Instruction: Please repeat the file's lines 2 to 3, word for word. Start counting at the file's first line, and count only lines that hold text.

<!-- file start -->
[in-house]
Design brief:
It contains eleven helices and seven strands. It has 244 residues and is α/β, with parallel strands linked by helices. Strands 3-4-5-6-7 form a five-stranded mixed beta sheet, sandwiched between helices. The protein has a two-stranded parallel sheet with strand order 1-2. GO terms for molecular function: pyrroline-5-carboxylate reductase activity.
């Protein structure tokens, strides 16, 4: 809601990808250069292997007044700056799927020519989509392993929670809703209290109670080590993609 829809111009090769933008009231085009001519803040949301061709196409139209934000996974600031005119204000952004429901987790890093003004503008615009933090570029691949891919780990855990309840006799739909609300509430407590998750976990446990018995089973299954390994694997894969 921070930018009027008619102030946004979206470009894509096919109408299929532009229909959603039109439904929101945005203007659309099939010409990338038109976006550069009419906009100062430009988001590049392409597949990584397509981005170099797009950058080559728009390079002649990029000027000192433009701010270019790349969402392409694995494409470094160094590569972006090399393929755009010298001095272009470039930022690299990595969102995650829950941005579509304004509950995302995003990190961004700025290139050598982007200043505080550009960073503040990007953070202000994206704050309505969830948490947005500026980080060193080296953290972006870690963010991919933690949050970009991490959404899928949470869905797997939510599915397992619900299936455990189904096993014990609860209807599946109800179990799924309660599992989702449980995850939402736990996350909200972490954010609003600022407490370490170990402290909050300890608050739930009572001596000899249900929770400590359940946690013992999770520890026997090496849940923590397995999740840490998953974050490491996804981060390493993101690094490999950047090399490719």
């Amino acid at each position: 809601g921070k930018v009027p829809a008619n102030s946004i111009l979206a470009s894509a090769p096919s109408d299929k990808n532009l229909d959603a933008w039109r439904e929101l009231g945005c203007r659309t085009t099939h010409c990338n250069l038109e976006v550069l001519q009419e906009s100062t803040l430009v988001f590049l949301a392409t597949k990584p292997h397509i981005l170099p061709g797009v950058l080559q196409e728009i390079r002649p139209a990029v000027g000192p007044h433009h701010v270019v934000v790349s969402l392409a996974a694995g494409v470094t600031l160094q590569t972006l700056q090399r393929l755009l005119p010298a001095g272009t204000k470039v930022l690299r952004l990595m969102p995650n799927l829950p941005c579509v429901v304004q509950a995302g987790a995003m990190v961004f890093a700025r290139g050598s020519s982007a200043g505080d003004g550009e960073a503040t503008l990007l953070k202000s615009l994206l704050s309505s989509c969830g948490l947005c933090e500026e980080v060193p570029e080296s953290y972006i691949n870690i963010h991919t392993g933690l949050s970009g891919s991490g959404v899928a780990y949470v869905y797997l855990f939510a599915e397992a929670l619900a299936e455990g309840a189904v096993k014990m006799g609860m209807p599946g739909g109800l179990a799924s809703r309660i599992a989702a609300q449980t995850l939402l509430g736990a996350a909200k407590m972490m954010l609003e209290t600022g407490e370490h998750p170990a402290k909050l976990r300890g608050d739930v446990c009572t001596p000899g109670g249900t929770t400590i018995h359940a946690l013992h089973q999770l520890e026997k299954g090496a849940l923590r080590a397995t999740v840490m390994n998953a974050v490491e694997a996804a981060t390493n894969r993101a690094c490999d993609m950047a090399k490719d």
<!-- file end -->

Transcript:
Design brief:
It contains eleven helices and seven strands. It has 244 residues and is α/β, with parallel strands linked by helices. Strands 3-4-5-6-7 form a five-stranded mixed beta sheet, sandwiched between helices. The protein has a two-stranded parallel sheet with strand order 1-2. GO terms for molecular function: pyrroline-5-carboxylate reductase activity.